‘I actually feel cheated!’ Killing Eve ends with less of a bang and more of a splash as fans slam ‘underwhelming’ two-part finale and condemn its poor treatment of LGBTQ+ characters – despite signing off with a string of brutal deaths

  • WARNING – this article contains spoilers throughout  

Advertisement

After four seasons, one will-they-won’t-they love story and a seemingly endless body-count the final episode of Killing Eve ended with less of a bang and more of a splash on Sunday evening. 

Viewers of the popular BBC show watched as Jodie Comer‘s enigmatic Russian killer Villanelle met a watery end after finally overthrowing the Twelve – a group of deadly international assassins of which she was formerly a member. 

With the pair finally ready to embark on a new life together, the bizarrely likeable Villanelle is shot dead by a lurking gunman, her body crashing into the Thames just moments after it seemed she was set for a life of blissful freedom with former MI5 operative Eve Polastri, played by American star Sandra Oh

All over: After four seasons, one will-they-won’t-they love story and a seemingly endless body-count the final episode of Killing Eve ended with less of a bang and more of a splash on Sunday evening

But many were left underwhelmed with its closing scenes after spending the last four years watching their stuttering, unrequited love story slowly unfold – only to see happiness snatched from their grasp at the last moment. 

Venting their feelings across social media, some dismissed the two-part finale as unsatisfactory, while others slammed writer Laura Neal for her poor treatment of LGBTQ+ characters. 

Taking to Twitter, one raged: ‘I actually feel cheated…like i spent four years watching this show…..and that’s the conclusion??? I’m so f**king mad.’ 

A second added: ‘1 day has passed and I am still angry, annoyed and heartbroken!!! And a reminder that it’s all thanks to Laura Neal, the b**ch who didn’t know the show and characters at all!!!’ 

Devastating: Viewers of the popular BBC show watched as Jodie Comer's enigmatic Russian killer Villanelle was shot dead after finally overthrowing the Twelve - a group of deadly international assassins of which she was formerly a member

Devastating: Viewers of the popular BBC show watched as Jodie Comer’s enigmatic Russian killer Villanelle was shot dead after finally overthrowing the Twelve – a group of deadly international assassins of which she was formerly a member

Watery end: A dying Villanelle crashed into the Thames after being struck by a bullet during Sunday evening's finale

Watery end: A dying Villanelle crashed into the Thames after being struck by a bullet during Sunday evening’s finale 

Alone: A desperate Eve plunged into the water with the Russian killer, but was unable to save her from a brutal end

Alone: A desperate Eve plunged into the water with the Russian killer, but was unable to save her from a brutal end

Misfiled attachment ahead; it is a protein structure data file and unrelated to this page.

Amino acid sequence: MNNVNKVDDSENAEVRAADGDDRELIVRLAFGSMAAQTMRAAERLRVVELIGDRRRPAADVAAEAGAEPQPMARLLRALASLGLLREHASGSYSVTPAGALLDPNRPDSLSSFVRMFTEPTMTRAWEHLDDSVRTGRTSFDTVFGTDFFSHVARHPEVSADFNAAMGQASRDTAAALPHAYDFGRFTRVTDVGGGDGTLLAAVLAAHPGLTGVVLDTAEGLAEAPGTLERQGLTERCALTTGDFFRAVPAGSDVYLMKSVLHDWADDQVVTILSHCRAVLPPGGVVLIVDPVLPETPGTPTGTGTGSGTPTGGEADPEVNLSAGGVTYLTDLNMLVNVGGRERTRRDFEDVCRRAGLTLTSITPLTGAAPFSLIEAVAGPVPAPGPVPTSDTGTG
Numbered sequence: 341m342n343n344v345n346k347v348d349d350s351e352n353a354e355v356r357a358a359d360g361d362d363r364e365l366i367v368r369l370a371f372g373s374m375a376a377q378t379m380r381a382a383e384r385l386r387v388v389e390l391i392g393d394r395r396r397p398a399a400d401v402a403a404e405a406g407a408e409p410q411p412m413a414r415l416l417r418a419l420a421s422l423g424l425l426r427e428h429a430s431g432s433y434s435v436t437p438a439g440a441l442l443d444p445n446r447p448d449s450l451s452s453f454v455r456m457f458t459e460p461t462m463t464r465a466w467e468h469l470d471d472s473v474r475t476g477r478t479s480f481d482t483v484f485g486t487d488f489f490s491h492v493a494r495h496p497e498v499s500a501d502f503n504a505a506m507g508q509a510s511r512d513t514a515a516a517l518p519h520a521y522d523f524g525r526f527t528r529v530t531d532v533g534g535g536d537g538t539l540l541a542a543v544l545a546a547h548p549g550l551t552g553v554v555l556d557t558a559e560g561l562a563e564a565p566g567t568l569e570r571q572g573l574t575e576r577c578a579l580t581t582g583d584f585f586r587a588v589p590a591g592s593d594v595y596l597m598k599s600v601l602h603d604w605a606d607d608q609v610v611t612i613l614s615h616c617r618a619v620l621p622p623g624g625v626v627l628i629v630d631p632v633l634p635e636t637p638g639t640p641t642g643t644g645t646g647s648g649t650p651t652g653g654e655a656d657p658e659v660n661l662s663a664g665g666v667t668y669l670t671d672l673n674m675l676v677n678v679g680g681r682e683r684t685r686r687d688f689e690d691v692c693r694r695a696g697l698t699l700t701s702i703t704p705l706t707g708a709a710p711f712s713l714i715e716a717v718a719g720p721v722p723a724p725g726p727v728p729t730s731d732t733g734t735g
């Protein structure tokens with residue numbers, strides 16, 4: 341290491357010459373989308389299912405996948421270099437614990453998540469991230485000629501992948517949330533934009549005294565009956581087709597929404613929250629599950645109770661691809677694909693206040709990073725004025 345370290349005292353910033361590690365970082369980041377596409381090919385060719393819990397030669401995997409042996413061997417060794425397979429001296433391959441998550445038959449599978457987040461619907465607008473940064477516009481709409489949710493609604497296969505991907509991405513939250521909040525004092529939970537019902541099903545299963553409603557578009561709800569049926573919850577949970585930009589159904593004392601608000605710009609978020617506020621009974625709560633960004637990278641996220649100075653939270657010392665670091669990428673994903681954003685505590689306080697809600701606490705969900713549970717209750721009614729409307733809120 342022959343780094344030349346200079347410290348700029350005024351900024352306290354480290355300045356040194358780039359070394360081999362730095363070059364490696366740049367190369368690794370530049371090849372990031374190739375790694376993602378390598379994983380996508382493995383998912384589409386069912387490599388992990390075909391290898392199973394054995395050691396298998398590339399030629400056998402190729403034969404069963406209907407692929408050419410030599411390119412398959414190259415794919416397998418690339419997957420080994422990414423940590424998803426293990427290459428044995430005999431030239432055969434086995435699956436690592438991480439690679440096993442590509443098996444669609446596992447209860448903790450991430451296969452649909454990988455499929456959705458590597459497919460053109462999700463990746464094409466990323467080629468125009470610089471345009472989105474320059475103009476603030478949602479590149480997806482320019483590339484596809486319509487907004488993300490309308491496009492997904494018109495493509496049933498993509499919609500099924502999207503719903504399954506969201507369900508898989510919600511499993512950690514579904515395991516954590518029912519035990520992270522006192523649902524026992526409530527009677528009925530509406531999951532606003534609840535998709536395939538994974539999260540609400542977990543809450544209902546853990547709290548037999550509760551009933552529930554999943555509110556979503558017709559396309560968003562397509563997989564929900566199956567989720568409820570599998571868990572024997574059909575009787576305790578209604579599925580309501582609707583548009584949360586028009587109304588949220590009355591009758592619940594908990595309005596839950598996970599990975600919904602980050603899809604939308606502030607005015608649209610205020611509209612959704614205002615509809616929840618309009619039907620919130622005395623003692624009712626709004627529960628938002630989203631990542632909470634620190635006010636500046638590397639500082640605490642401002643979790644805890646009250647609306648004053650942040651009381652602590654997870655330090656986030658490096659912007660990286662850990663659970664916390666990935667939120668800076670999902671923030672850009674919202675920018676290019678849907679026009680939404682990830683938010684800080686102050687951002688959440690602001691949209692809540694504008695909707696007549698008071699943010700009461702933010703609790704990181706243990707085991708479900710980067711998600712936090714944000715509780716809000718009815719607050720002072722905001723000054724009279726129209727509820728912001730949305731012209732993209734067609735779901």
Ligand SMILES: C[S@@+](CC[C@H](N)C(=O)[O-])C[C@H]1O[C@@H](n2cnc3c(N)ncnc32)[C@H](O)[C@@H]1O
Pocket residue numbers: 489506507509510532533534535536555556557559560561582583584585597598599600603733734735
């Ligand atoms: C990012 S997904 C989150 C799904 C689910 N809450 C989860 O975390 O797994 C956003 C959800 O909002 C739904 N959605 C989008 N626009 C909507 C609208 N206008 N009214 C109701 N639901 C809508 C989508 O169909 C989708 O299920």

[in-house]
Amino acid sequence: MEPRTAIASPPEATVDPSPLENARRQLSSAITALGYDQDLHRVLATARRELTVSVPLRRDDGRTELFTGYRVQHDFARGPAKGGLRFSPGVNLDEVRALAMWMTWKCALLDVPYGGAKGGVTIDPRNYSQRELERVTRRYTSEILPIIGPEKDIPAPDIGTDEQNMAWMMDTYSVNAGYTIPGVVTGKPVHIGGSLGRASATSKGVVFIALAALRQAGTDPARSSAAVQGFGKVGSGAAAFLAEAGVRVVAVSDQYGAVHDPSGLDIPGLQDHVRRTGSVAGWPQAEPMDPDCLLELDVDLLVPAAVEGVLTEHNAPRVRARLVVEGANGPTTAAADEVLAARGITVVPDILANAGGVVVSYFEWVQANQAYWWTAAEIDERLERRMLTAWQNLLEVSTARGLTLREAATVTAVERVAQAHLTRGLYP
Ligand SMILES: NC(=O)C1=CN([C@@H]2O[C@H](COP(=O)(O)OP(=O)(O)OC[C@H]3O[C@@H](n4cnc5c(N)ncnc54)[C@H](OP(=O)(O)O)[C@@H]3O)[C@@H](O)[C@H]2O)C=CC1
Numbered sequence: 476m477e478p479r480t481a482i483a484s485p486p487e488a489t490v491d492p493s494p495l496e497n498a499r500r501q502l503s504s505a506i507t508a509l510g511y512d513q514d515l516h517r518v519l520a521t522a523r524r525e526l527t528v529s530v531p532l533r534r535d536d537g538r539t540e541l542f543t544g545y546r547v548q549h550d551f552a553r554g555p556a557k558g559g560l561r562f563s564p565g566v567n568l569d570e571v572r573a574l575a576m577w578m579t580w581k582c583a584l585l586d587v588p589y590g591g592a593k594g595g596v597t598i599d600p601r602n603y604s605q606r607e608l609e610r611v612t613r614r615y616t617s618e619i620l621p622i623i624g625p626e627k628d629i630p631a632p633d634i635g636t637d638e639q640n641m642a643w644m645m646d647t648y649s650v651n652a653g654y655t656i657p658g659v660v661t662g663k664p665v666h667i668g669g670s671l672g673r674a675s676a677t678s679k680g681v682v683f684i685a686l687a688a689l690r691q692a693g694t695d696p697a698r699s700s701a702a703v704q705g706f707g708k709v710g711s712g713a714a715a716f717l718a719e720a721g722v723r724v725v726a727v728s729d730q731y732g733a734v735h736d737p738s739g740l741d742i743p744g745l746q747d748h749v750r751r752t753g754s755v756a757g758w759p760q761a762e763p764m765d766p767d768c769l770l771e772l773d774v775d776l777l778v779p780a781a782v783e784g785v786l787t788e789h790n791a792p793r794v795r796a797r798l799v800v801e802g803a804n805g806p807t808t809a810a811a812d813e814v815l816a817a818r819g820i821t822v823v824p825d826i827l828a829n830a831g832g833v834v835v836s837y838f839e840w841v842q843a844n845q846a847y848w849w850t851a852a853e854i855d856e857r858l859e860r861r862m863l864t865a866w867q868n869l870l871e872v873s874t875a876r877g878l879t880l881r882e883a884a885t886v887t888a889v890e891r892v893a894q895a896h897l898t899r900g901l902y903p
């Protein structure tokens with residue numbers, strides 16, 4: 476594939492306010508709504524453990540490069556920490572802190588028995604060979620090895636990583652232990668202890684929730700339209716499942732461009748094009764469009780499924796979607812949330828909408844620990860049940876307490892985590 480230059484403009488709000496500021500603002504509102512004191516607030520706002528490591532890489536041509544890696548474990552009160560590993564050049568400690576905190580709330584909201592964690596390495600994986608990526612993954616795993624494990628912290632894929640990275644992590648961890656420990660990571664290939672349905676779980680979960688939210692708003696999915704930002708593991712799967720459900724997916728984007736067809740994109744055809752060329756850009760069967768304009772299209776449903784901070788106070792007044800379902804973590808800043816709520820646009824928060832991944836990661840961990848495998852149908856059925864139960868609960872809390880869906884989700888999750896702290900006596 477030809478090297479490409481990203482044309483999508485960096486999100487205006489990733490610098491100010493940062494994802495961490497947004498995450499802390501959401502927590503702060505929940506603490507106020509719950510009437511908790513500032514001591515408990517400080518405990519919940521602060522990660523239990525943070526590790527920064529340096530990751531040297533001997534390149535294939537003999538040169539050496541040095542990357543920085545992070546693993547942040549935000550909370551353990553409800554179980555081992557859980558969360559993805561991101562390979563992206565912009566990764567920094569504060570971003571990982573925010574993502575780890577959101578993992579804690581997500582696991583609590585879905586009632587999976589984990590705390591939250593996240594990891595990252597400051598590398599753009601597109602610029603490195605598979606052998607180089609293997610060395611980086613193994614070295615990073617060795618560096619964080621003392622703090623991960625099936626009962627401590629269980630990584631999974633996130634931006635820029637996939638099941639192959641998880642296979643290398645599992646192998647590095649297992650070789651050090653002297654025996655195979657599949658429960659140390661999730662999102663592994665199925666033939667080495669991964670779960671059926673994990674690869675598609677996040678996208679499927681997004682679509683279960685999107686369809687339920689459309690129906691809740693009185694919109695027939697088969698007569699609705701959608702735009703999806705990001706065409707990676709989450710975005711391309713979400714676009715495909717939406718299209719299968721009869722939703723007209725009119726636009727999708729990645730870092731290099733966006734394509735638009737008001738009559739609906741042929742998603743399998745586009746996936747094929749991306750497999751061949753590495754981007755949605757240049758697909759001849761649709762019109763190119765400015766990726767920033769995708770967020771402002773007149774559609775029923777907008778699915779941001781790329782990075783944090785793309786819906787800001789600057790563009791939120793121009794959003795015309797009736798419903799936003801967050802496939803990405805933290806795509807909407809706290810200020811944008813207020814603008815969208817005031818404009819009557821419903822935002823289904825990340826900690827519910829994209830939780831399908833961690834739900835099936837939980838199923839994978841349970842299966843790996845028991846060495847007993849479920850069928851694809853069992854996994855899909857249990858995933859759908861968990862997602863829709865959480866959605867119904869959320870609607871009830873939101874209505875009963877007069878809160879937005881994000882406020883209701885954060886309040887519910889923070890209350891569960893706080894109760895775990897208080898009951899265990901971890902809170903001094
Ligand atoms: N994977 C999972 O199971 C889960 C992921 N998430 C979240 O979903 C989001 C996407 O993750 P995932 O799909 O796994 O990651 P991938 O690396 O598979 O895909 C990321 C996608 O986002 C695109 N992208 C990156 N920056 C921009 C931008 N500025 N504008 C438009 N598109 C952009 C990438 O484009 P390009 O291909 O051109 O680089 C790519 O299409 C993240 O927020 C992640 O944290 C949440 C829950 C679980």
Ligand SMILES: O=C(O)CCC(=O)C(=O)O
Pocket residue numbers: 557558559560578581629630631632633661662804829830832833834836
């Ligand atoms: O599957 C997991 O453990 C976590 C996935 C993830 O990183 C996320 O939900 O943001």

Evidently in agreement, a third compared the ending to HBO drama Game Of Thrones – the show that sparked an online petition demanding a new ending be filmed – writing: ‘Worst ending of a show since GoT, I said what I said.’ 

A fourth also took aim at the final episode’s writer, adding: ‘Killing Eve had such a special place in my heart, the show was different to any other for me… but the finale was like Laura Neal pulled my heart out my chest, ripped it up and pulled killing eve out painfully and viciously forever… bit dramatic yes but what she did was too.’ 

Others harboured criticism of Neal’s decision to kill off Villanelle, depriving her and Eve of an opportunity to find happiness after finally expressing their feelings for one another. 

Close: Eve and Villanelle appeared to be embarking on a new life together, but viewers were left raging after their short lived relationship ended in tragedy

Close: Eve and Villanelle appeared to be embarking on a new life together, but viewers were left raging after their short lived relationship ended in tragedy 

‘It’s worrying that 6 years after the issues raised by the death of Lexa that writers on TV still don’t realise the problems they cause by killing off a lesbian character for drama and also they seem oblivious to doing anything wrong and honestly that’s shameful,’ wrote one, comparing Villanelle’s death to the fate of a popular gay character in US show The 100. 

A second added: ‘I thought we’d moved past this damaging trope of killing the gays in tv series. This finale just proves that show runners and writers don’t give a sh*t about their LGBTQIA+ characters or representation. It matters. Do better.’ 

A third wrote: They planned for Villanelle to die that way from very early on because somebody thought “oooh watery images are going to give the season a cohesive cinematic feel”. I lost track of which interview, but add it to the list of war crimes committed by the writers room.’ 

Advertisement



Source link